First, if Sen. Bernie Sanders (I-Vt.) wants to fundamentally change the United States (“Socialism!” Republicans will scream) and Sen. Elizabeth Warren (D-Mass.) says the system is so rigged that incremental changes won’t work, Biden appeals to Americans’ better angels, to the idea that President Trump doesn’t understand what makes America great. “That’s not who we are,” he says after describing the divisiveness and anger that Trump amplifies. “We’re better than that,” he cajoles the crowd. It’s a solid message for a candidate running in a fairly good economy with a president who’s stressing out the country. He also suggests a confidence of America post-Trump. (“There is nothing we can’t do,” Biden likes to say.)
Second, there are few politicians as adept at making a traditional economic message against stereotypical fat-cat Republicans. “I look around this room, I see the people who built this nation,” he told the crowd. And boy, have Republicans given him material to work with. He told the firefighters, “Did you see the budget that was just introduced? It cuts $845 billion ... in Medicare and ... $240 billion in Medicaid. Why? Because of a tax cut for the super-wealthy that created a deficit of $1.9 trillion and now they’ve got to make somebody pay for it.” Bingo.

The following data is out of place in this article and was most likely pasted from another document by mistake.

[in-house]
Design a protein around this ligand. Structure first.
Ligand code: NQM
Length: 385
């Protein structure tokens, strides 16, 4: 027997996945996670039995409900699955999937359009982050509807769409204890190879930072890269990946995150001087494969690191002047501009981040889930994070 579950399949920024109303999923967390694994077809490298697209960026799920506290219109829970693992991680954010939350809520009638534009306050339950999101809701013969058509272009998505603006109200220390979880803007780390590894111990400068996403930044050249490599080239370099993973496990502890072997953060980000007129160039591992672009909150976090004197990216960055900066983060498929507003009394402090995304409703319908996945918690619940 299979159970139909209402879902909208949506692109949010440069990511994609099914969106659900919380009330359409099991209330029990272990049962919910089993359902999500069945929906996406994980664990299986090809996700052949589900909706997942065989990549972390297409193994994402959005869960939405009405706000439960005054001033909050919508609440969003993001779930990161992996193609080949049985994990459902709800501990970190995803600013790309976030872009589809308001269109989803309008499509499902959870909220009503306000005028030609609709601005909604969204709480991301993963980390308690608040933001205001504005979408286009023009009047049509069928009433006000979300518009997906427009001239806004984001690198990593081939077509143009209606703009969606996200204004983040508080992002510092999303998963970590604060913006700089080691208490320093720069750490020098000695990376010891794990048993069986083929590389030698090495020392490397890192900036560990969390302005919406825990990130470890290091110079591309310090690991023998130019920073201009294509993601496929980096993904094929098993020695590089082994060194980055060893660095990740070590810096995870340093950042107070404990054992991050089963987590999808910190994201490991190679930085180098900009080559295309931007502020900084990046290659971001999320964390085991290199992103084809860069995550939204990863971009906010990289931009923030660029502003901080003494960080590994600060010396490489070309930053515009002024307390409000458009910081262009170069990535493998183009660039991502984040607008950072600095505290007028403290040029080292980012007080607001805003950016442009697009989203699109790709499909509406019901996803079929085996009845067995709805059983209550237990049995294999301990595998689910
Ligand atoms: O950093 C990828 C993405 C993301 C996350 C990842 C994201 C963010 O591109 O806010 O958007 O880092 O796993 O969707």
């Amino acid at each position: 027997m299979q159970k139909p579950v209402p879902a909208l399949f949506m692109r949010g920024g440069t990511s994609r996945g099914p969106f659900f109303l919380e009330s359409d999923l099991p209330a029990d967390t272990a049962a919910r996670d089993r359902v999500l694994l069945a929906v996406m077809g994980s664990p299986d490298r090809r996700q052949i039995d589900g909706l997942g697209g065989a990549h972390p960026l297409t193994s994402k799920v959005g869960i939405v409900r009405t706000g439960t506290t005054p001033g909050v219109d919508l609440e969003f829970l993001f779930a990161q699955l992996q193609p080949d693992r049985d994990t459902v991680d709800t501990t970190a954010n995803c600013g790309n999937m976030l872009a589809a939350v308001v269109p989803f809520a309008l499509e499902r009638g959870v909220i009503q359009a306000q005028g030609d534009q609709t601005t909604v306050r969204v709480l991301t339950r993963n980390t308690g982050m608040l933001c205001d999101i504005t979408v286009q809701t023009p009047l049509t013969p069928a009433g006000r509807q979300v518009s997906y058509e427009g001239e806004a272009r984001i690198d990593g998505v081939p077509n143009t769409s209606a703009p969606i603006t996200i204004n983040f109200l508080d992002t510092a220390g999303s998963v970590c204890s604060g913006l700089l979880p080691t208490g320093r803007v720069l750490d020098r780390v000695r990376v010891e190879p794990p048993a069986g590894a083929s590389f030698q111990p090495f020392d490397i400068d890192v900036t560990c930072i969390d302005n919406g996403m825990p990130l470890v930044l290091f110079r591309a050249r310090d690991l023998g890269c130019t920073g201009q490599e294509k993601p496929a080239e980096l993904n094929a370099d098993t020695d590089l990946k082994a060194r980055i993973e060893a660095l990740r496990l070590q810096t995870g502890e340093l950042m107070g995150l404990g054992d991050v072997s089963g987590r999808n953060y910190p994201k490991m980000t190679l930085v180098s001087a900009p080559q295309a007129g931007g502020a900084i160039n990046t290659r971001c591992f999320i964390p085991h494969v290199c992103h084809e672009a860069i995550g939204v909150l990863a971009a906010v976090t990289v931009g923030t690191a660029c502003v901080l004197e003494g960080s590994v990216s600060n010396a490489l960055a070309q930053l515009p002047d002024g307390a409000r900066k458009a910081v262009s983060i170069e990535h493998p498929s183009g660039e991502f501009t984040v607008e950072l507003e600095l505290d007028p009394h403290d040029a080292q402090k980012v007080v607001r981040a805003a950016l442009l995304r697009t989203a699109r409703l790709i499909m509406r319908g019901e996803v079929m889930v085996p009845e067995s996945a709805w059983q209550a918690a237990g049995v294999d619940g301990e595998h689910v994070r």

Any presidential candidate who isn’t saying some variation of that every day is foolish. This is where you remind voters that Trump ran as a populist — better health care, middle-class tax relief, protect Medicare, get better trade deals — but governs as an oligarch — take away Obamacare, increase the gap between rich and everyone else with tax cuts for him and his pals, slash Medicare and get us into trade wars.
Three, Biden’s speech is suitable for all audiences because he talks about core values. (“America is an idea, an idea that goes back to our founding.”) It’s “corny” he says — and then recites the opening of the Declaration of Independence. If Sanders, Warren and others are narrowcasting to a segment of the party, Biden is quite consciously talking to the party as a whole and implicitly promising to unify two wings of the party.
Fourth, Biden is best when he talks deliberately, softly. In contrast to the rash, impulsive, insulting rhetoric we hear from a bellowing president, Biden comes across, when he is in quiet mode, as calm, in control and stable. Now, those are not three adjectives one always associates with Biden. However, he is capable of projecting that persona, and in a field of screamers and candidates in love with their own poetic turns of phrase, his direct, simple declarative statements do make him seem more grounded in the real world.
Finally, while he is the veteran politician in the crowd, he can be forward-looking and aspirational. “In America, everybody gets a shot,” Biden said. “That’s what the next president of the United States needs to understand. That’s what I don’t think this current president understands at all.”
A land of opportunity. The American Dream. Especially to older voters (some of whom voted for Trump), this sounds reassuring; to younger voters, it’s a response to the fear that they’ll do worse off than their parents. In contrast to a president who constantly stirs up fear, resentment and anger, Biden is offering a simple but alluring commodity: hope.
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